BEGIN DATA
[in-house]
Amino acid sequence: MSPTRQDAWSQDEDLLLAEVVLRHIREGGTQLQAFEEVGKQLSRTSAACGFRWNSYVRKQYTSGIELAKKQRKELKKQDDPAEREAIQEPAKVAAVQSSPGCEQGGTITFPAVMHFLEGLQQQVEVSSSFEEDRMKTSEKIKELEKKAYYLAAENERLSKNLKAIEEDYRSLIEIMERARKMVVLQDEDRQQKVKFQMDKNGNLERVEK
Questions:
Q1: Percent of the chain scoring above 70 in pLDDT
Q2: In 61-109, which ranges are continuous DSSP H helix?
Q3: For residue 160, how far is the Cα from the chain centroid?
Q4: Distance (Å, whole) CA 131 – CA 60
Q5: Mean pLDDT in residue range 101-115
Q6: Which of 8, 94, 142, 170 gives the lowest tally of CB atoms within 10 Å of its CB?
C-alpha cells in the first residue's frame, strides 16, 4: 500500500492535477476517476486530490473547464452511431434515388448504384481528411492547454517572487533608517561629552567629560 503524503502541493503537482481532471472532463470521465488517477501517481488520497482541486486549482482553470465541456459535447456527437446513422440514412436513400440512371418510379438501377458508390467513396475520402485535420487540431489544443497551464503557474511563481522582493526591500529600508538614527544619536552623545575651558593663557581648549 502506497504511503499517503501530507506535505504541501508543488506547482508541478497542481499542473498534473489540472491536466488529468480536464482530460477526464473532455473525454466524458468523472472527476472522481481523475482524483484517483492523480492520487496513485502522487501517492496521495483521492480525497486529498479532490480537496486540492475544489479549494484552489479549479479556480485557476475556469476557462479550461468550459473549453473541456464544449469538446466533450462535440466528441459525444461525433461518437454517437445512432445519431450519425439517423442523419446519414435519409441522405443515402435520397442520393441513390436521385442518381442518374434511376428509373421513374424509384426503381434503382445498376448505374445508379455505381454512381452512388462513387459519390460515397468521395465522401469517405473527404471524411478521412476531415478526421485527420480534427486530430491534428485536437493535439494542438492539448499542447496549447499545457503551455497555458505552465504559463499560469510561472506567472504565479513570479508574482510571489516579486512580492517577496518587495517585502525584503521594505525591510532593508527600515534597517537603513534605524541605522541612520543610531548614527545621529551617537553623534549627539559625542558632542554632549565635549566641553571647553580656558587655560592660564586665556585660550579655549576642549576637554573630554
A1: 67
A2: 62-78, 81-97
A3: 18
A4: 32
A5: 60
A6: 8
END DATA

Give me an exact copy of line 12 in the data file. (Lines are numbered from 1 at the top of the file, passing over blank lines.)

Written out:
A2: 62-78, 81-97